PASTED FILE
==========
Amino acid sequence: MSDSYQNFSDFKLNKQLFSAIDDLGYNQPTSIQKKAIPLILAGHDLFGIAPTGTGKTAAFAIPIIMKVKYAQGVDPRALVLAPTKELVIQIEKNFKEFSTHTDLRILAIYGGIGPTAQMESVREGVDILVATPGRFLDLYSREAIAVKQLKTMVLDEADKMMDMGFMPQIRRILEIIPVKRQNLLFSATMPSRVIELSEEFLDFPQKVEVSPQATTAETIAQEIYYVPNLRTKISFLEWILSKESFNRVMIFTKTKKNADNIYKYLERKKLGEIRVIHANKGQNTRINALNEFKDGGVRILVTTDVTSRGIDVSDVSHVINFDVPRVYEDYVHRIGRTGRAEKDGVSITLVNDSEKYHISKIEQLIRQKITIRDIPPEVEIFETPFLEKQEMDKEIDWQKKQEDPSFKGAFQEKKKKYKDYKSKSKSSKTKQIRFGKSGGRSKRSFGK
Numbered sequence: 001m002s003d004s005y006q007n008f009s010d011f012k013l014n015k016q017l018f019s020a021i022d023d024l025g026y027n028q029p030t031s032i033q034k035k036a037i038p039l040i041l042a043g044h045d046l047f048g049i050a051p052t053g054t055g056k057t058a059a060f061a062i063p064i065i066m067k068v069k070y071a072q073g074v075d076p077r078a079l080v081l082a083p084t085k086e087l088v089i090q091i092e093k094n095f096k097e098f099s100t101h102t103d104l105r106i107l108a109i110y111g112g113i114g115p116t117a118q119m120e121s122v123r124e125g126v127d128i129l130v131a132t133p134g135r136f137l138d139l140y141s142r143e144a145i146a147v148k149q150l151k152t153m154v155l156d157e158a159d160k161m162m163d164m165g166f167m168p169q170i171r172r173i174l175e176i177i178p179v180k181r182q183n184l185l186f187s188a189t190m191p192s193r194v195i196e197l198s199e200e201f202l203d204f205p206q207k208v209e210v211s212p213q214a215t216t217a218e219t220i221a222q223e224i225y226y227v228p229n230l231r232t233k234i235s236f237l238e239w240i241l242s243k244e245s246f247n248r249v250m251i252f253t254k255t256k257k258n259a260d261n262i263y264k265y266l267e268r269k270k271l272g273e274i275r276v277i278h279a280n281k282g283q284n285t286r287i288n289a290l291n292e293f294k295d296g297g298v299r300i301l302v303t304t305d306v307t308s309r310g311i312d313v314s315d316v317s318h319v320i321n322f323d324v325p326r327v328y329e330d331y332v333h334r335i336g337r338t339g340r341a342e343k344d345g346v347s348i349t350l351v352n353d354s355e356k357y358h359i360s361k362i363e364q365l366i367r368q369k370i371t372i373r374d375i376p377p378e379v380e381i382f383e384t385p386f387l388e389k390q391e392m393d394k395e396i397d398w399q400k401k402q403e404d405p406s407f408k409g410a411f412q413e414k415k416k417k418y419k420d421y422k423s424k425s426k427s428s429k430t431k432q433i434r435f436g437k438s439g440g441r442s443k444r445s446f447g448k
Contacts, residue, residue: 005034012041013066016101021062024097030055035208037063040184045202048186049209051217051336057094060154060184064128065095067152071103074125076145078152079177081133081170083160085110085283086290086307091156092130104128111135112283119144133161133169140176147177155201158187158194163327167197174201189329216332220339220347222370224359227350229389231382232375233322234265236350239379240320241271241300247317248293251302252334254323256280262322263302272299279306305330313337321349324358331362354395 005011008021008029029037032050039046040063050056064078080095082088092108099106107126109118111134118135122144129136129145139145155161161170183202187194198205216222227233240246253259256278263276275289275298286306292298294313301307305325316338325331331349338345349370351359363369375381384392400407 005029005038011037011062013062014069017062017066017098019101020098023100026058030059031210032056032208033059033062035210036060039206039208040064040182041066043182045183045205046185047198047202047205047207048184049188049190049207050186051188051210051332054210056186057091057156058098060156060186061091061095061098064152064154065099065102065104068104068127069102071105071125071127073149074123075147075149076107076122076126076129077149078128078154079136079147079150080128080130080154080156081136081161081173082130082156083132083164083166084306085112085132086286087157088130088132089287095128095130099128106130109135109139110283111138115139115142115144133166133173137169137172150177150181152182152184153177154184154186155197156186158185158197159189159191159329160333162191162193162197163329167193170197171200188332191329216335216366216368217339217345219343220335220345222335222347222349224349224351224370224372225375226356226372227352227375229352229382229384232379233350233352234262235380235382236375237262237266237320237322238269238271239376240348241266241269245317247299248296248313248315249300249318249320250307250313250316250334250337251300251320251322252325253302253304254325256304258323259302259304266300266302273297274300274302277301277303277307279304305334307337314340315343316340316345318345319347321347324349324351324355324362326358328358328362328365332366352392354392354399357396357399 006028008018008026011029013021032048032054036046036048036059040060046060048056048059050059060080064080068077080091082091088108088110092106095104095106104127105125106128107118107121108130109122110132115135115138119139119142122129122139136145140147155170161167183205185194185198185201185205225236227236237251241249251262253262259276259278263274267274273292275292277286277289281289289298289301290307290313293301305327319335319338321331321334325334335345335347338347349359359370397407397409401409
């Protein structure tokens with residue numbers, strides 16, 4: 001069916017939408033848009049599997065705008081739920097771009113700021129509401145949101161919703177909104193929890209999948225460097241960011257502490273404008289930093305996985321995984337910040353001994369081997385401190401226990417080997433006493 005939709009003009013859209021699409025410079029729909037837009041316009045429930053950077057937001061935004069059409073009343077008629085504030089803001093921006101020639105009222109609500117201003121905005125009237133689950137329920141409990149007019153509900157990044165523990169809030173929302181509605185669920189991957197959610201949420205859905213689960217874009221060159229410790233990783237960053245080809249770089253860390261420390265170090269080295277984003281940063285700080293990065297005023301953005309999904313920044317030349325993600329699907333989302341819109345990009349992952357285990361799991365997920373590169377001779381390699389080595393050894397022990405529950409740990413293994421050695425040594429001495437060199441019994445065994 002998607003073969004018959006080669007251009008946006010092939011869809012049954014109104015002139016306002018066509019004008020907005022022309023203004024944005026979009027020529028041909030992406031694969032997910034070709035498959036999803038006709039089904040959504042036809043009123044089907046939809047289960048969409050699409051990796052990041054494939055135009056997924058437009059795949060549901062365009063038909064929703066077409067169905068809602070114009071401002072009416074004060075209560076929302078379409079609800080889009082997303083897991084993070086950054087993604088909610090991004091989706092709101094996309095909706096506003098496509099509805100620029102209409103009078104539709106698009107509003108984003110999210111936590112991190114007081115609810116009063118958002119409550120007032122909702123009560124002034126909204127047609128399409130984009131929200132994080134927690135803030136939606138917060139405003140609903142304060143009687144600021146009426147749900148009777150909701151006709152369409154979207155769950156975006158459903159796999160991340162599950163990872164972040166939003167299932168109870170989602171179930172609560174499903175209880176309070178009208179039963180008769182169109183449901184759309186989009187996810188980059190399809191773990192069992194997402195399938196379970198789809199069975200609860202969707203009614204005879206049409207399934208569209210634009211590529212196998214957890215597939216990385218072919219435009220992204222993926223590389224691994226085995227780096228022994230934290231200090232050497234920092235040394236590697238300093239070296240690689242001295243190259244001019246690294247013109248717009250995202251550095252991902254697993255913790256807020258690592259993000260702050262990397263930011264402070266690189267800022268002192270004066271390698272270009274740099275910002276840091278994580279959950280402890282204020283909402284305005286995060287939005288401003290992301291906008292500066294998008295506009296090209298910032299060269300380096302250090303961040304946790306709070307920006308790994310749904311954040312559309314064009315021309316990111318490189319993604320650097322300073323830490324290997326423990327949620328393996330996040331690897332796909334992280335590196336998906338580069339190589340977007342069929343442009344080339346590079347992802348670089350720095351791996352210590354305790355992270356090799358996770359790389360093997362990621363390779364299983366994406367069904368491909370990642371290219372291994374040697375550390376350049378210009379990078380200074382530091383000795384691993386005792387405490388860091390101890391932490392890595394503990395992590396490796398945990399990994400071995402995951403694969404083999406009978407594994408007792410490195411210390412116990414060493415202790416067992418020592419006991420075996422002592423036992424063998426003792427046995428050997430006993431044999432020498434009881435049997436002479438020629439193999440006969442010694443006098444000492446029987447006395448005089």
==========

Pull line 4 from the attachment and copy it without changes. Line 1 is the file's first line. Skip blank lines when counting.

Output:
């Protein structure tokens with residue numbers, strides 16, 4: 001069916017939408033848009049599997065705008081739920097771009113700021129509401145949101161919703177909104193929890209999948225460097241960011257502490273404008289930093305996985321995984337910040353001994369081997385401190401226990417080997433006493 005939709009003009013859209021699409025410079029729909037837009041316009045429930053950077057937001061935004069059409073009343077008629085504030089803001093921006101020639105009222109609500117201003121905005125009237133689950137329920141409990149007019153509900157990044165523990169809030173929302181509605185669920189991957197959610201949420205859905213689960217874009221060159229410790233990783237960053245080809249770089253860390261420390265170090269080295277984003281940063285700080293990065297005023301953005309999904313920044317030349325993600329699907333989302341819109345990009349992952357285990361799991365997920373590169377001779381390699389080595393050894397022990405529950409740990413293994421050695425040594429001495437060199441019994445065994 002998607003073969004018959006080669007251009008946006010092939011869809012049954014109104015002139016306002018066509019004008020907005022022309023203004024944005026979009027020529028041909030992406031694969032997910034070709035498959036999803038006709039089904040959504042036809043009123044089907046939809047289960048969409050699409051990796052990041054494939055135009056997924058437009059795949060549901062365009063038909064929703066077409067169905068809602070114009071401002072009416074004060075209560076929302078379409079609800080889009082997303083897991084993070086950054087993604088909610090991004091989706092709101094996309095909706096506003098496509099509805100620029102209409103009078104539709106698009107509003108984003110999210111936590112991190114007081115609810116009063118958002119409550120007032122909702123009560124002034126909204127047609128399409130984009131929200132994080134927690135803030136939606138917060139405003140609903142304060143009687144600021146009426147749900148009777150909701151006709152369409154979207155769950156975006158459903159796999160991340162599950163990872164972040166939003167299932168109870170989602171179930172609560174499903175209880176309070178009208179039963180008769182169109183449901184759309186989009187996810188980059190399809191773990192069992194997402195399938196379970198789809199069975200609860202969707203009614204005879206049409207399934208569209210634009211590529212196998214957890215597939216990385218072919219435009220992204222993926223590389224691994226085995227780096228022994230934290231200090232050497234920092235040394236590697238300093239070296240690689242001295243190259244001019246690294247013109248717009250995202251550095252991902254697993255913790256807020258690592259993000260702050262990397263930011264402070266690189267800022268002192270004066271390698272270009274740099275910002276840091278994580279959950280402890282204020283909402284305005286995060287939005288401003290992301291906008292500066294998008295506009296090209298910032299060269300380096302250090303961040304946790306709070307920006308790994310749904311954040312559309314064009315021309316990111318490189319993604320650097322300073323830490324290997326423990327949620328393996330996040331690897332796909334992280335590196336998906338580069339190589340977007342069929343442009344080339346590079347992802348670089350720095351791996352210590354305790355992270356090799358996770359790389360093997362990621363390779364299983366994406367069904368491909370990642371290219372291994374040697375550390376350049378210009379990078380200074382530091383000795384691993386005792387405490388860091390101890391932490392890595394503990395992590396490796398945990399990994400071995402995951403694969404083999406009978407594994408007792410490195411210390412116990414060493415202790416067992418020592419006991420075996422002592423036992424063998426003792427046995428050997430006993431044999432020498434009881435049997436002479438020629439193999440006969442010694443006098444000492446029987447006395448005089």